Germans encourage flowering of interest in the Bible

By staff writers
August 12, 2006

Germans encourage flowering of interest in the Bible

-12/08/06

More than 40 botanical gardens run by churches and Christian groups throughout Germany are inviting visitors to get to know the 120 flowers, bushes and trees mentioned in the Bible ñ writes Frauke Brauns for Ecumenical News International.

"We want to attract both Christians and [other] people," Maik Foerster, head of the Christian association that runs the Oberlichtenau garden near Dresden, told Ecumenical News International. The garden has attracted many visitors since it opened in June 2005.

Since the celebration of the ëYear of the Bibleí in Germany in 2003, church groups have been opening recreational and educational gardens, planted with the flowers, trees and shrubs mentioned in the Bible.

Plants mentioned in the Bible include juniper (1 Kings 19.4), cedar (Psalm 80.10), figs (Judges 9.11), almonds (Ecclesiastes 12.5), hyssop (Leviticus 14.4), pomegranates (Numbers 20.5), mulberries (1 Chronicles 14.14) the Rose-of-Sharon (Song of Solomon 2.1), and vines (Genesis 9.20).

"If you see, smell or hold things mentioned in the Bible for real it is much easier to read the Bible," Foerster said. About two-thirds of the flora can be grown in Germany without any problem, he noted, while the rest have to be put in a greenhouse.

Two-thirds of the gardens are Protestant-run, and the others are tended by Roman Catholic groups or non-denominational Christian associations.

The Bible Centre at the St Johanniskloster in Schleswig says it wants its garden to offer visitors a "holistic" experience of the Bible. "We want to help inform people who are interested in getting to know what is in the Bible whatever links they may have to the church and whatever their own faith," the centre states on its website.

With acknowledgements to ENI. Ecumenical News International is jointly sponsored by the World Council of Churches, the Lutheran World Federation, the World Alliance of Reformed Churches, and the Conference of European Churches.

[Also on Ekklesia: Buying Bibles - A Guide; Bible supports gay partnerships, says leading Anglican bishop; Radical new translation makes bible accessible to unchurched; Buy The 100 Minute Bible; The Word that Redescribes the World: The Bible and Discipleship; 100 Minute Bible knocks Purpose Driven Life off bestseller list; Bible aims to spread the word; In the beginning was the text message; Bible for people with learning difficulties launched; 100000 copies of speed read Bible sold; Catholic Bishops warn against literal interpretations of the Bible; Media infected by rogue Bible ban story bug; New inclusive Bible translation launched in UK; Bible reading increases in US following release of the Passion]

Germans encourage flowering of interest in the Bible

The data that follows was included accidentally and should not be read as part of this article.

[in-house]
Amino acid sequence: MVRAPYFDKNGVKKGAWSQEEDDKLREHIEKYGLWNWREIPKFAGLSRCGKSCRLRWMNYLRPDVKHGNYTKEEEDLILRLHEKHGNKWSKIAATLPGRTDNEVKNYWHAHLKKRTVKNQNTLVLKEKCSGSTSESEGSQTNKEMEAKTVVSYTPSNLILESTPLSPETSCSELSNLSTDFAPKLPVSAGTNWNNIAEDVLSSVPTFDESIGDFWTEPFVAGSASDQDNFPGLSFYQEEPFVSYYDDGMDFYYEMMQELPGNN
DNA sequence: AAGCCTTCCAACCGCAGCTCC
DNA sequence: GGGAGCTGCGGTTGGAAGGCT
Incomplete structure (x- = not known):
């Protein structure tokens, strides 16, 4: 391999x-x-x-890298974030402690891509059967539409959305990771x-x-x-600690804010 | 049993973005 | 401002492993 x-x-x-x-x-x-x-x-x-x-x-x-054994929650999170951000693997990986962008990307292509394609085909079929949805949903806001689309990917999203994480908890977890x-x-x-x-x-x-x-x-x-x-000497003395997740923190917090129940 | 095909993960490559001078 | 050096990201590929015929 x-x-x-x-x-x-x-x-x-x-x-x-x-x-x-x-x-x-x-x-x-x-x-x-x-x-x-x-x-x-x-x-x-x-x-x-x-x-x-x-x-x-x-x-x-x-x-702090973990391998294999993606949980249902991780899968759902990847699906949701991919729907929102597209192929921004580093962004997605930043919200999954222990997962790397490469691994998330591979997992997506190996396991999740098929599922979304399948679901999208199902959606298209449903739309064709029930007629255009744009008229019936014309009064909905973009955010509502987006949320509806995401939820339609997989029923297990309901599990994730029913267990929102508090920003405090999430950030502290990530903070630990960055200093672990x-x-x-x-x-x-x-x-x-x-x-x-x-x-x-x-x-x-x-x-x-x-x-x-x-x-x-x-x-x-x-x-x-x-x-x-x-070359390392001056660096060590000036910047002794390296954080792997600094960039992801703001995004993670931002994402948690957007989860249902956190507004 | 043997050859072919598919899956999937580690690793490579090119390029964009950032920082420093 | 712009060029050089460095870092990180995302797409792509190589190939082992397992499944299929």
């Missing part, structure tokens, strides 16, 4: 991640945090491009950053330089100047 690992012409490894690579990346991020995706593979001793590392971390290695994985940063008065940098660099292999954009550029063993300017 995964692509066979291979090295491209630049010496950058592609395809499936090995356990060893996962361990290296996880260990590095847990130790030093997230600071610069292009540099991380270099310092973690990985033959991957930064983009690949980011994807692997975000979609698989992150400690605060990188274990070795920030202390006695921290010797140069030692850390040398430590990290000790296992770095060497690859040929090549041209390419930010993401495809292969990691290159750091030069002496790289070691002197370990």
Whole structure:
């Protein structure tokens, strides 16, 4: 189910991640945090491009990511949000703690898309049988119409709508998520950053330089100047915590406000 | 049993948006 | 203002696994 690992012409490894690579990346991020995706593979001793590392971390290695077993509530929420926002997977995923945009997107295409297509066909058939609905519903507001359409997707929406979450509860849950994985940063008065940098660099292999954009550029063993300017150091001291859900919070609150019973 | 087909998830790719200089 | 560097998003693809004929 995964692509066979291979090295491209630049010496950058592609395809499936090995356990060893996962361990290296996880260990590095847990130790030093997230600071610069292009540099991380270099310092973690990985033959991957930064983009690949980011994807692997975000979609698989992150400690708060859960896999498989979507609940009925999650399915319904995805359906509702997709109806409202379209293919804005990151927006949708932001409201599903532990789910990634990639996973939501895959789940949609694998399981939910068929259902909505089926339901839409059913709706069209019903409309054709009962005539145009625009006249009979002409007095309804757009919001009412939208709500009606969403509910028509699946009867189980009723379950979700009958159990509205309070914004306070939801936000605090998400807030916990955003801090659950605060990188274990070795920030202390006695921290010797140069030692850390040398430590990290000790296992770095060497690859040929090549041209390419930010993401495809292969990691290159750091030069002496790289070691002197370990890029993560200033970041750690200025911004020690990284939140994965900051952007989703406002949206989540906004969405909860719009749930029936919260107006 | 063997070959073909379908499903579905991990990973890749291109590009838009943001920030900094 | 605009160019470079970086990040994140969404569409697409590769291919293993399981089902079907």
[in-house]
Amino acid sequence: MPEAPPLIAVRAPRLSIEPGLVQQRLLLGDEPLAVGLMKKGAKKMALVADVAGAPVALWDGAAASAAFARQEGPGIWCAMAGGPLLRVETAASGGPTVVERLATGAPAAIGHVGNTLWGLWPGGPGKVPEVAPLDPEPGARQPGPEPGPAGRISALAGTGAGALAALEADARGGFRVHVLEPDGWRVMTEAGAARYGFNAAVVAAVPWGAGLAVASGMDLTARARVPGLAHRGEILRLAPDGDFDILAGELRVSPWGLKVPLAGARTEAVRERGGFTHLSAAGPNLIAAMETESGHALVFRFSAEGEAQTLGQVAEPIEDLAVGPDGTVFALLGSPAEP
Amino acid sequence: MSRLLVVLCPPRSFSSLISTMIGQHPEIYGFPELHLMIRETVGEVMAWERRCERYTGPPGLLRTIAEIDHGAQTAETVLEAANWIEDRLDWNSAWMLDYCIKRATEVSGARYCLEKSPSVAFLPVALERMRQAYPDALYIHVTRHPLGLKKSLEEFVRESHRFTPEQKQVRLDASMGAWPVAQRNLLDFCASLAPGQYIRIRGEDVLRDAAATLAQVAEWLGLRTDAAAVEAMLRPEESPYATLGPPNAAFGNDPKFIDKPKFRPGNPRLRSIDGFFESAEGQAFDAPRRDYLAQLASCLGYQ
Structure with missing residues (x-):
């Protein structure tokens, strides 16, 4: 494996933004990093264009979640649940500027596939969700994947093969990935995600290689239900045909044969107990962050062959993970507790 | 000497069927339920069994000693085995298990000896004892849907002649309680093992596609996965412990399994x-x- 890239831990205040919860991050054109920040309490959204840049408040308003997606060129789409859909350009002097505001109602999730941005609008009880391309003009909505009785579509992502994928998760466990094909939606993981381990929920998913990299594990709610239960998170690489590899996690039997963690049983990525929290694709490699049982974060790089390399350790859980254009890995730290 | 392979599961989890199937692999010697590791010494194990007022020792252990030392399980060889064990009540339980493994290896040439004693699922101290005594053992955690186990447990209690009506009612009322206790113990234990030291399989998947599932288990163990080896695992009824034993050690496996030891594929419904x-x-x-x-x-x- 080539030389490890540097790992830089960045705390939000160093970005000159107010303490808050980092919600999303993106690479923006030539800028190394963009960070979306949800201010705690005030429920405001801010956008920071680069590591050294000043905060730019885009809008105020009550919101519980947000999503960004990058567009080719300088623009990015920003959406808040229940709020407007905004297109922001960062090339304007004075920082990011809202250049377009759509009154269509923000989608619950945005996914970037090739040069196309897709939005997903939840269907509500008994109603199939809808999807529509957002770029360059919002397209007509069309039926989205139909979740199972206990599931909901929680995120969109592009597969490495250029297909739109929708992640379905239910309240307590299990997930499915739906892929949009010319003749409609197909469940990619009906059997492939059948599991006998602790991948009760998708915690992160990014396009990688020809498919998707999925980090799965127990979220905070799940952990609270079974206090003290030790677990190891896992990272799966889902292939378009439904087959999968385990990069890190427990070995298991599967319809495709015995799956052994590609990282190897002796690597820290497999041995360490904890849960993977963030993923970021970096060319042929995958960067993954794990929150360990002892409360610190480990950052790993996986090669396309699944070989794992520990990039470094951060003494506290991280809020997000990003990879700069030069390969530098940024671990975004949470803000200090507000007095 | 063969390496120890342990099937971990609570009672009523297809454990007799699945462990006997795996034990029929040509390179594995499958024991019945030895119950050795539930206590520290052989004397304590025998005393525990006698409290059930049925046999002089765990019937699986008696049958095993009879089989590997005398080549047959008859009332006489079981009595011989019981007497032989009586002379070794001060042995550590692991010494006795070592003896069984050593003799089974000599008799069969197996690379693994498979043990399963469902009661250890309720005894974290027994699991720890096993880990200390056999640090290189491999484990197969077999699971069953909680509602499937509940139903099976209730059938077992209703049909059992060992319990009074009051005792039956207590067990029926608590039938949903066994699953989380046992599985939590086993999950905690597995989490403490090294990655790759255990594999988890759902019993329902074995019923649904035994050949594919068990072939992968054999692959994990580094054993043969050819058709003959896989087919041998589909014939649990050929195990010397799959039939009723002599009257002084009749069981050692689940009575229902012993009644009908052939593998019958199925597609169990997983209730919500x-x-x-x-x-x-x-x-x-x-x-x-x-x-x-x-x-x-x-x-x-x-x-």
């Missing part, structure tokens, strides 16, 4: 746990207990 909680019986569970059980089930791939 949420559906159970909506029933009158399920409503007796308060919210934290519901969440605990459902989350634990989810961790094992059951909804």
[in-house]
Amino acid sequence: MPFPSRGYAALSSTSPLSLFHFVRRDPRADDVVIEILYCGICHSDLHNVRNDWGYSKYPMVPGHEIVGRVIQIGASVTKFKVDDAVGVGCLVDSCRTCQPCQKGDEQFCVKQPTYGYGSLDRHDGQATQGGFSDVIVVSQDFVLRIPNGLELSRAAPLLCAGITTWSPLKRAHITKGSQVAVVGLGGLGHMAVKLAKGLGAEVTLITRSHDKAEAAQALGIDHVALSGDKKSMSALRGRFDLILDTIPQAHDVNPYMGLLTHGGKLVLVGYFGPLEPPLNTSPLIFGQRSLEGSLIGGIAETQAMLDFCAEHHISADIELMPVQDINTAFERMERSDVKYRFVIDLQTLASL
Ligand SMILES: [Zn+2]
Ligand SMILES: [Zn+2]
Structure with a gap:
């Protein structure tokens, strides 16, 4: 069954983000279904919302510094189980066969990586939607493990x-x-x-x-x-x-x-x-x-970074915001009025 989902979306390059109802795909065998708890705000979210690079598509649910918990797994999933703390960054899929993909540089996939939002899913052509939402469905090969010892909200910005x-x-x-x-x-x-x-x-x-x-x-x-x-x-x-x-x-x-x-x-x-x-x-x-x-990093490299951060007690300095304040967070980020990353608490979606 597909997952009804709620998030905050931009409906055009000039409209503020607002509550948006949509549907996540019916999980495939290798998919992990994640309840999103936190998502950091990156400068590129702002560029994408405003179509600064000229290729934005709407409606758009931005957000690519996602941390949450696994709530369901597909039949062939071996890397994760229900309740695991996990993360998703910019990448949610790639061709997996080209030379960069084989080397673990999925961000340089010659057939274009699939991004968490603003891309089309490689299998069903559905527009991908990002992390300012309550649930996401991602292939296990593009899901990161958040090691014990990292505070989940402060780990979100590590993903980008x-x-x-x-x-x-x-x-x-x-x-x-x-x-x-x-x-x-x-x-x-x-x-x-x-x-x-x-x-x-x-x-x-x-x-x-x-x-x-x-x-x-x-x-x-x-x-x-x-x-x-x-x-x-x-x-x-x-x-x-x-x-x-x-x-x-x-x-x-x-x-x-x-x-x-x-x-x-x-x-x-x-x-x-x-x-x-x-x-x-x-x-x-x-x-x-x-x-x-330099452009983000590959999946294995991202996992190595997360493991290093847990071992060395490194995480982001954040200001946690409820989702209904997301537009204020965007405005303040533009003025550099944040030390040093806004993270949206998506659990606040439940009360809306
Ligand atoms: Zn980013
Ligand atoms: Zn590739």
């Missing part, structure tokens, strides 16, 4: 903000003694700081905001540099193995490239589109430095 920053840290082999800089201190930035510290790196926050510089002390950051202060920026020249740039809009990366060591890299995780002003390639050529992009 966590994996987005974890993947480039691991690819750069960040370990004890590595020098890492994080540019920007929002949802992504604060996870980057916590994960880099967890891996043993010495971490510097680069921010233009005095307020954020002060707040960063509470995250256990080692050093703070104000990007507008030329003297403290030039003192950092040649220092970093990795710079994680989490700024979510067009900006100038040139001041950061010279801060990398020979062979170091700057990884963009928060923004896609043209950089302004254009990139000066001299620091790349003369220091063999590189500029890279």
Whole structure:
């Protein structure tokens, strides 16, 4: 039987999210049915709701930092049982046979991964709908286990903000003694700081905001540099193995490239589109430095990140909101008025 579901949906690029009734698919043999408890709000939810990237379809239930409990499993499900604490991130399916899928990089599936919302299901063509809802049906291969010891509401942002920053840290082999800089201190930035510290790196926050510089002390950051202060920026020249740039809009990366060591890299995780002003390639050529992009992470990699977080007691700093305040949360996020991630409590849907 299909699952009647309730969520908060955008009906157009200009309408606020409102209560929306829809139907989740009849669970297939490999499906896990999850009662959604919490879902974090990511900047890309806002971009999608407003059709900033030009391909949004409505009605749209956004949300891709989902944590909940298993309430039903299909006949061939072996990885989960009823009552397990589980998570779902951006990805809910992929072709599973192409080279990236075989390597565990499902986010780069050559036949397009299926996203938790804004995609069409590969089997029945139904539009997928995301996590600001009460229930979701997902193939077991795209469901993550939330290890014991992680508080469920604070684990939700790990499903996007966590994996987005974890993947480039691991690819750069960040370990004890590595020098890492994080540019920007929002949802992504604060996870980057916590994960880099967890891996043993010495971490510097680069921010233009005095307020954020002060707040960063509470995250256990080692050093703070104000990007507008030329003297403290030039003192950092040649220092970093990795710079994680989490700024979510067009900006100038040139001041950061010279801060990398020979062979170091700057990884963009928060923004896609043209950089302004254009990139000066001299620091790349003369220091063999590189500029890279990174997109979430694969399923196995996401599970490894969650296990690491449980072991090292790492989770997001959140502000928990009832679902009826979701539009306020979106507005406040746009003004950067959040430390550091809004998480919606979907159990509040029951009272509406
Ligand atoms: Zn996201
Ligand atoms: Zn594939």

-12/08/06

More than 40 botanical gardens run by churches and Christian groups throughout Germany are inviting visitors to get to know the 120 flowers, bushes and trees mentioned in the Bible ñ writes Frauke Brauns for Ecumenical News International.

"We want to attract both Christians and [other] people," Maik Foerster, head of the Christian association that runs the Oberlichtenau garden near Dresden, told Ecumenical News International. The garden has attracted many visitors since it opened in June 2005.

Since the celebration of the ëYear of the Bibleí in Germany in 2003, church groups have been opening recreational and educational gardens, planted with the flowers, trees and shrubs mentioned in the Bible.

Plants mentioned in the Bible include juniper (1 Kings 19.4), cedar (Psalm 80.10), figs (Judges 9.11), almonds (Ecclesiastes 12.5), hyssop (Leviticus 14.4), pomegranates (Numbers 20.5), mulberries (1 Chronicles 14.14) the Rose-of-Sharon (Song of Solomon 2.1), and vines (Genesis 9.20).

"If you see, smell or hold things mentioned in the Bible for real it is much easier to read the Bible," Foerster said. About two-thirds of the flora can be grown in Germany without any problem, he noted, while the rest have to be put in a greenhouse.

Two-thirds of the gardens are Protestant-run, and the others are tended by Roman Catholic groups or non-denominational Christian associations.

The Bible Centre at the St Johanniskloster in Schleswig says it wants its garden to offer visitors a "holistic" experience of the Bible. "We want to help inform people who are interested in getting to know what is in the Bible whatever links they may have to the church and whatever their own faith," the centre states on its website.

With acknowledgements to ENI. Ecumenical News International is jointly sponsored by the World Council of Churches, the Lutheran World Federation, the World Alliance of Reformed Churches, and the Conference of European Churches.

[Also on Ekklesia: Buying Bibles - A Guide; Bible supports gay partnerships, says leading Anglican bishop; Radical new translation makes bible accessible to unchurched; Buy The 100 Minute Bible; The Word that Redescribes the World: The Bible and Discipleship; 100 Minute Bible knocks Purpose Driven Life off bestseller list; Bible aims to spread the word; In the beginning was the text message; Bible for people with learning difficulties launched; 100000 copies of speed read Bible sold; Catholic Bishops warn against literal interpretations of the Bible; Media infected by rogue Bible ban story bug; New inclusive Bible translation launched in UK; Bible reading increases in US following release of the Passion]

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